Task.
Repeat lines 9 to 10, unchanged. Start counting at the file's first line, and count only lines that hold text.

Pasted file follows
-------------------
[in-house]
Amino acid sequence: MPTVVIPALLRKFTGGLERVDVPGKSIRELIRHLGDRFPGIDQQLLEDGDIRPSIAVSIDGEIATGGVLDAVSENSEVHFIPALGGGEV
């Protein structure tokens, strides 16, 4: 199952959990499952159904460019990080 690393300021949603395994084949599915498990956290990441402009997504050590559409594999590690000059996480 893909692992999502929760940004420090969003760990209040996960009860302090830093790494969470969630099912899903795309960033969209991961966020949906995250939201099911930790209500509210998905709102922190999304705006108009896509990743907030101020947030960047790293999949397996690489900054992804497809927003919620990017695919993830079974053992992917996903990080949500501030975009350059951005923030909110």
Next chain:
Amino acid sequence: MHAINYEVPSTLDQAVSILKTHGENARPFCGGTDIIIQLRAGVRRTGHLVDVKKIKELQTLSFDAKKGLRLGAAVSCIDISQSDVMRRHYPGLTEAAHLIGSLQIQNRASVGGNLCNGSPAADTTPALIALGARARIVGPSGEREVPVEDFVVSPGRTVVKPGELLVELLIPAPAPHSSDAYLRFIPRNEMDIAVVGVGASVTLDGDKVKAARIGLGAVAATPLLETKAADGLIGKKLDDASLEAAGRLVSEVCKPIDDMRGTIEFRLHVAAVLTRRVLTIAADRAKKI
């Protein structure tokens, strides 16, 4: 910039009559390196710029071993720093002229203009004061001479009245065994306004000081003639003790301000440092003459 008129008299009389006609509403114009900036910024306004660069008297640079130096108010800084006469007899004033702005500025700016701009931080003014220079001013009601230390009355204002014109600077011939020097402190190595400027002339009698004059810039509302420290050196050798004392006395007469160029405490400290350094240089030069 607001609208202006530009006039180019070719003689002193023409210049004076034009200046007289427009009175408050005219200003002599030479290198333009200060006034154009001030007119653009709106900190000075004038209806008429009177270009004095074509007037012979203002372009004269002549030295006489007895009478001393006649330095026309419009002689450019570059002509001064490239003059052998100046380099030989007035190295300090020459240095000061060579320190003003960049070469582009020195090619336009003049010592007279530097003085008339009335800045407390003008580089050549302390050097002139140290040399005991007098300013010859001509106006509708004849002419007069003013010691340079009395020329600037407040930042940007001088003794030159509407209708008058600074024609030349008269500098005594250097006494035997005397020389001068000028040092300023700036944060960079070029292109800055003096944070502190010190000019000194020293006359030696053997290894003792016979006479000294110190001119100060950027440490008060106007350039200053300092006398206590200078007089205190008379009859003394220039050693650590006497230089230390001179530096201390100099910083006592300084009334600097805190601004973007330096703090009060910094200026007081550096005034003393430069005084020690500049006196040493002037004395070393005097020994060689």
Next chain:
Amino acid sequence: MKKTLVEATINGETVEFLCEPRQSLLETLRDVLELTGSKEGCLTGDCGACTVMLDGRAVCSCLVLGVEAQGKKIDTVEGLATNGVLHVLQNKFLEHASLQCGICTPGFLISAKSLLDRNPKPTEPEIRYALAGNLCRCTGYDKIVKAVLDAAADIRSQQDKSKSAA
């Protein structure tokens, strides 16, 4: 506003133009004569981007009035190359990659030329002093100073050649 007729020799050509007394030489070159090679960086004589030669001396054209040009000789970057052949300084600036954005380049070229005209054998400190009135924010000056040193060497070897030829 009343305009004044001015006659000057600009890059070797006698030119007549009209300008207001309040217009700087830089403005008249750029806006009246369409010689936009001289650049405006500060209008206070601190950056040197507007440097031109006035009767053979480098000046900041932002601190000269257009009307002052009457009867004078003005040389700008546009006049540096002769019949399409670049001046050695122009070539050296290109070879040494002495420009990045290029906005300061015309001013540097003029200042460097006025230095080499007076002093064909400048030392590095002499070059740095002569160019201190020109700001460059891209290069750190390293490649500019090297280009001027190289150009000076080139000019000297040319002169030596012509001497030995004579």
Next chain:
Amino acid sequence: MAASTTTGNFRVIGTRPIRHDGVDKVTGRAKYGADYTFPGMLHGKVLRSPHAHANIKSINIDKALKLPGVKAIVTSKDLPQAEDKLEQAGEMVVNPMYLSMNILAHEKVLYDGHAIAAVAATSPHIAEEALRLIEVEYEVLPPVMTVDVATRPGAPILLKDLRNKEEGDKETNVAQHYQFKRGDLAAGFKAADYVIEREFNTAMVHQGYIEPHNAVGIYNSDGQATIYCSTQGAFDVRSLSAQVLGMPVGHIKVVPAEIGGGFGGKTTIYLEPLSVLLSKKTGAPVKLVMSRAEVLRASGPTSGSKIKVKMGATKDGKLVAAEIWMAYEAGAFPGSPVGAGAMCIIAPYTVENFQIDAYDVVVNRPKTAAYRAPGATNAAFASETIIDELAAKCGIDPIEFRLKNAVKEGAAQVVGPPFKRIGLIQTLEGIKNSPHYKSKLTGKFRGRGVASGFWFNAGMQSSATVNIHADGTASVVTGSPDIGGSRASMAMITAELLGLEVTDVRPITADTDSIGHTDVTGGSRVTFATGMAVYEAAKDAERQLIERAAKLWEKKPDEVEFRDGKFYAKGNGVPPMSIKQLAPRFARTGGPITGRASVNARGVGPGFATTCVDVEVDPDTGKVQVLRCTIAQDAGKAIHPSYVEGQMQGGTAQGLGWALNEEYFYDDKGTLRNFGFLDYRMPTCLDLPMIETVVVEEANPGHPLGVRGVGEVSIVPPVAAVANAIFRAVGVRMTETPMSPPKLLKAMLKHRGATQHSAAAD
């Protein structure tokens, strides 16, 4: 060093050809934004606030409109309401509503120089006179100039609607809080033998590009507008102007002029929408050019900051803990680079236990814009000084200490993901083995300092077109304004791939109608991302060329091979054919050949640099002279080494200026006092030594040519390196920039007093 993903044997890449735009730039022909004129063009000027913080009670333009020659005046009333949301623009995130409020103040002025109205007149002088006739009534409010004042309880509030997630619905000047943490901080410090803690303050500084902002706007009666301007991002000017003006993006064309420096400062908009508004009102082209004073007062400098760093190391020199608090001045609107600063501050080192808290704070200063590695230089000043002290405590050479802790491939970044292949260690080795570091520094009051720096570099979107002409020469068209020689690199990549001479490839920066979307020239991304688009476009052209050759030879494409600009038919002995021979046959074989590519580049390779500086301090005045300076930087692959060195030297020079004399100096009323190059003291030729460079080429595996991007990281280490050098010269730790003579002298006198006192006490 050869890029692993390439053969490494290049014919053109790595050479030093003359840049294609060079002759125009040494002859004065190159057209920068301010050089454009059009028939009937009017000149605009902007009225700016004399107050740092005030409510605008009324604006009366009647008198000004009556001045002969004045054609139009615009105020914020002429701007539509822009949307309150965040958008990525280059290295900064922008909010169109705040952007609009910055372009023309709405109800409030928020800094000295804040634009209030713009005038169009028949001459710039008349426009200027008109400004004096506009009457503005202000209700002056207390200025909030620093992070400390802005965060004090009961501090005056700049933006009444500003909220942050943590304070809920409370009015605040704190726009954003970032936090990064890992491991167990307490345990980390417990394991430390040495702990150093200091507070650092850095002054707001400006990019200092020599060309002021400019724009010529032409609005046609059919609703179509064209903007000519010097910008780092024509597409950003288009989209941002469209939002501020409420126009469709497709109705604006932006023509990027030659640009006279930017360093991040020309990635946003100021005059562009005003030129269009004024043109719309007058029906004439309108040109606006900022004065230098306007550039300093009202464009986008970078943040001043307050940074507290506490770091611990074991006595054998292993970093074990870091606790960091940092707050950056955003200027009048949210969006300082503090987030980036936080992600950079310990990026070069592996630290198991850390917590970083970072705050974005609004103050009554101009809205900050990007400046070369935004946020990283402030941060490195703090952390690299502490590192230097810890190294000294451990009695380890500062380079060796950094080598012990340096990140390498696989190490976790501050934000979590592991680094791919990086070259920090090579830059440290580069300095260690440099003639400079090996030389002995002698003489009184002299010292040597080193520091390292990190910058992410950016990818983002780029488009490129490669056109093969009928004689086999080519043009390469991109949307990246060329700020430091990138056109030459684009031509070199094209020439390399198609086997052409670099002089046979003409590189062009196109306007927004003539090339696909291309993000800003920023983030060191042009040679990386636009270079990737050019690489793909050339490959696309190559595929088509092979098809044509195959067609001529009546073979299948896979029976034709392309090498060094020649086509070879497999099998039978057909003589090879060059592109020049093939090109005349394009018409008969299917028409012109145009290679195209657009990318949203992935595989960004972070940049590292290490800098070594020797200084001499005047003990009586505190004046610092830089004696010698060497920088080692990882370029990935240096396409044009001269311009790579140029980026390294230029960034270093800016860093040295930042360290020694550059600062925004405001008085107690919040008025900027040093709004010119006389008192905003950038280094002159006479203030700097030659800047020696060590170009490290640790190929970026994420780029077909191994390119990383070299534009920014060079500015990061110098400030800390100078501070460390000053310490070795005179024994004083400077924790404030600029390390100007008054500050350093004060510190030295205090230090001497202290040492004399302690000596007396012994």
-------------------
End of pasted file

């Protein structure tokens, strides 16, 4: 506003133009004569981007009035190359990659030329002093100073050649 007729020799050509007394030489070159090679960086004589030669001396054209040009000789970057052949300084600036954005380049070229005209054998400190009135924010000056040193060497070897030829 009343305009004044001015006659000057600009890059070797006698030119007549009209300008207001309040217009700087830089403005008249750029806006009246369409010689936009001289650049405006500060209008206070601190950056040197507007440097031109006035009767053979480098000046900041932002601190000269257009009307002052009457009867004078003005040389700008546009006049540096002769019949399409670049001046050695122009070539050296290109070879040494002495420009990045290029906005300061015309001013540097003029200042460097006025230095080499007076002093064909400048030392590095002499070059740095002569160019201190020109700001460059891209290069750190390293490649500019090297280009001027190289150009000076080139000019000297040319002169030596012509001497030995004579």
Next chain: